Filmmaker Mohammad Rasoulof shares his story of fleeing Iran

Filmmaker Mohammad Rasoulof shares his story of fleeing Iran
Filmmaker Mohammad Rasoulof shares his story of fleeing Iran

Iranian filmmaker Mohammad Rasoulof, in the running for the Palme d’Or at the Cannes Film Festival, had to cross the mountains on foot to flee his country before finding refuge in Germany, he told the “Guardian”.

A great voice of Iranian cinema, in the sights of the mullahs’ regime for years, the 51-year-old director was recently sentenced on appeal to 8 years in prison, 5 of which are applicable. Denouncing an “unjust” sentence, he managed to leave Iran clandestinely and take refuge in Germany a few days ago.

He did so at the cost of a “several hours, exhausting and extremely dangerous journey, accompanied by a guide,” which allowed him to cross the mountains and smuggle the border on foot, according to the account published Friday by the British newspaper. He had previously taken care to deactivate all his traceable electronic devices.

Mohammad Rasoulof then hid in a house where he was safe. He explained that he stayed there “quite a long time” before continuing his journey and reaching a place where he was able to contact the German cultural authorities. These confirmed the identity of the filmmaker and the Ministry of Foreign Affairs provided him with papers which allowed him to continue his journey to Europe.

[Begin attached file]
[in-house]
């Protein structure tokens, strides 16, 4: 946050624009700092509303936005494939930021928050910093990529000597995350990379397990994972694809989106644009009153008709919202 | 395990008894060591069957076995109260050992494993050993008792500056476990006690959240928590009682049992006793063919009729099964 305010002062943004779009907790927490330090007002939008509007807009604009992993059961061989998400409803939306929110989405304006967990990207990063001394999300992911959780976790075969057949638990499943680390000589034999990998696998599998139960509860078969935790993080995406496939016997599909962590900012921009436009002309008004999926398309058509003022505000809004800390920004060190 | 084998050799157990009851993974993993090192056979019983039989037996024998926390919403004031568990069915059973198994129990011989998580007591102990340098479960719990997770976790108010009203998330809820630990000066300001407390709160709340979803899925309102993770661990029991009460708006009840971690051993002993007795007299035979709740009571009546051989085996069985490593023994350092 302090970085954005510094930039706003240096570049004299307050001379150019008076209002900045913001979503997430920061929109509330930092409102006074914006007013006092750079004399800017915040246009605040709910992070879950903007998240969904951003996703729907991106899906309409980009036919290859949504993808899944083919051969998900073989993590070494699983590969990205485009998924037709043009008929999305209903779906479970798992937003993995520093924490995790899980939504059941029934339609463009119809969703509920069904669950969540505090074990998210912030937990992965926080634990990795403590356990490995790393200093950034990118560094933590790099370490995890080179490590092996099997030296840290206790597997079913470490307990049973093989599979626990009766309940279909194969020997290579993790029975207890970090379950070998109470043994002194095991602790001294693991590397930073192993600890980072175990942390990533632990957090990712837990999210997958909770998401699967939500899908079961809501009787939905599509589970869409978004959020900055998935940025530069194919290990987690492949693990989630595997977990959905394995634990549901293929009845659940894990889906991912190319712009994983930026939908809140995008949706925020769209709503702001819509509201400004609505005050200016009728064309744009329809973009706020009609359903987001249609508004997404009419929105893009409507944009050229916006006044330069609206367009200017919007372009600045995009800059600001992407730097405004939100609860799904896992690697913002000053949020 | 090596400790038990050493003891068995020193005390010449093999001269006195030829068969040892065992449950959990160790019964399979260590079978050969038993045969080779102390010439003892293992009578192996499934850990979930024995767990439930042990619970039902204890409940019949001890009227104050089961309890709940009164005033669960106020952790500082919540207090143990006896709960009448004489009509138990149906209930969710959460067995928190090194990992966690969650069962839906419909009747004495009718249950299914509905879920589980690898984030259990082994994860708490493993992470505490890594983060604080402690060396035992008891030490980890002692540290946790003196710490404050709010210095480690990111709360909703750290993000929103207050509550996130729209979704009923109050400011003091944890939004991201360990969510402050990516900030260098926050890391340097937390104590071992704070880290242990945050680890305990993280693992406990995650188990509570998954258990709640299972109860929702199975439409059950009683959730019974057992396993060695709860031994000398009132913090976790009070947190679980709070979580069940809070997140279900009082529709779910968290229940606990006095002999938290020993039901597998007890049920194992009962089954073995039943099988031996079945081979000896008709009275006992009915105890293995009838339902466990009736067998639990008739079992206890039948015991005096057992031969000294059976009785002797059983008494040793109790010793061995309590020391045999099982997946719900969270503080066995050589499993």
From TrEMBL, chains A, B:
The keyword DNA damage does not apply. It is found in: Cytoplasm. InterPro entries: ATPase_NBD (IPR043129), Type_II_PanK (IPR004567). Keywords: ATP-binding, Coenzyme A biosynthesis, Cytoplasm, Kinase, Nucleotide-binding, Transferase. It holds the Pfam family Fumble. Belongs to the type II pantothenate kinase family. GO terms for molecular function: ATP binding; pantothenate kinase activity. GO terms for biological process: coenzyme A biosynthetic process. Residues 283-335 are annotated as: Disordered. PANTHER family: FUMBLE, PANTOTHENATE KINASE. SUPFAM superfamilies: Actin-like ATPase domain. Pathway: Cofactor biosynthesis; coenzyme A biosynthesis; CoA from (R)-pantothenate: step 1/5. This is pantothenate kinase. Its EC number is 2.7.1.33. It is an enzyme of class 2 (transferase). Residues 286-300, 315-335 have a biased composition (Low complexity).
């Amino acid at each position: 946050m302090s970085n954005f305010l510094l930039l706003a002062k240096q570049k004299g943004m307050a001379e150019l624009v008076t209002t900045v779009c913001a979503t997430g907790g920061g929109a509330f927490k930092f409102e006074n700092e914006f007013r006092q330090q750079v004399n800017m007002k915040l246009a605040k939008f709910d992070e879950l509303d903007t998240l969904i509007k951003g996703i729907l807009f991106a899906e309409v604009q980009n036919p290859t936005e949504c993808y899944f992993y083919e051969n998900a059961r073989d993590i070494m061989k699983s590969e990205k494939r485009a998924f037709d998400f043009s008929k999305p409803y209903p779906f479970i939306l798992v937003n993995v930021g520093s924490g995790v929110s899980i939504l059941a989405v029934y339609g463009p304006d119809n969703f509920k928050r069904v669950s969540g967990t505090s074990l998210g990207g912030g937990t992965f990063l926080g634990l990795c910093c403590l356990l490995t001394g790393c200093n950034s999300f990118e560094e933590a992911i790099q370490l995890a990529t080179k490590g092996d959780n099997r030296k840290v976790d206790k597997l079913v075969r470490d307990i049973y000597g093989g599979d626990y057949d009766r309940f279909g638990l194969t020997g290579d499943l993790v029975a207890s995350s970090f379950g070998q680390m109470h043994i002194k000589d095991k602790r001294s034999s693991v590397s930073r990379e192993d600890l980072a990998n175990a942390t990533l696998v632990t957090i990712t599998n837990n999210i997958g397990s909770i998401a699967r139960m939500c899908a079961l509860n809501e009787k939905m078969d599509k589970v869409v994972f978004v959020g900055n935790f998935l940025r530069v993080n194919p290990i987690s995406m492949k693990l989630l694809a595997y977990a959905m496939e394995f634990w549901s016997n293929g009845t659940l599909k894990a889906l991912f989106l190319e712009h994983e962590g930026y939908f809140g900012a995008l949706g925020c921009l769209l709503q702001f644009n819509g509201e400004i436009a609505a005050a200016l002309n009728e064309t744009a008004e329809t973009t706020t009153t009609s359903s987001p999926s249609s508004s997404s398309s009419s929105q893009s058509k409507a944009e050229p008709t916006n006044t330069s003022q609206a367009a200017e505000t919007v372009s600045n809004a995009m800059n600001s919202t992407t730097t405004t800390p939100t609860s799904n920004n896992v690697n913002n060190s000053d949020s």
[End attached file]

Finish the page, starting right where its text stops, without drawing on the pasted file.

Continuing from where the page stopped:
It was only after arriving in Germany that Mohammad Rasoulof announced that he had fled Iran. German and French authorities are currently in talks to allow the director, whose passport was confiscated in 2017 by Iran, to travel to the Cannes Film Festival (F).

His film “The Seeds of the Wild Fig Tree”, which will be presented next Friday on the Croisette, tells the story of an investigating judge gradually sinking into paranoia, at the time when huge demonstrations break out in Tehran.

Mohammad Rasoulof also told the Guardian that he had only a few hours to decide whether to stay in Iran or flee. But the director wanted to be able to “transmit the stories of what is happening in Iran,” and “that’s something I can’t do in prison,” he summarized.

The director has already been convicted and imprisoned twice in Iran, where repression has continued to increase since the protest movement which shook the country in 2022 after the death of Mahsa Amini.

“I wrote many projects while I was in prison, and I always thought that if I stayed in prison for years, I would not have the strength or the ability to make these films,” he said. -he declares. “So first I have to make them. And then afterwards, there will always be time to return (editor’s note, to Iran) and go to prison.”

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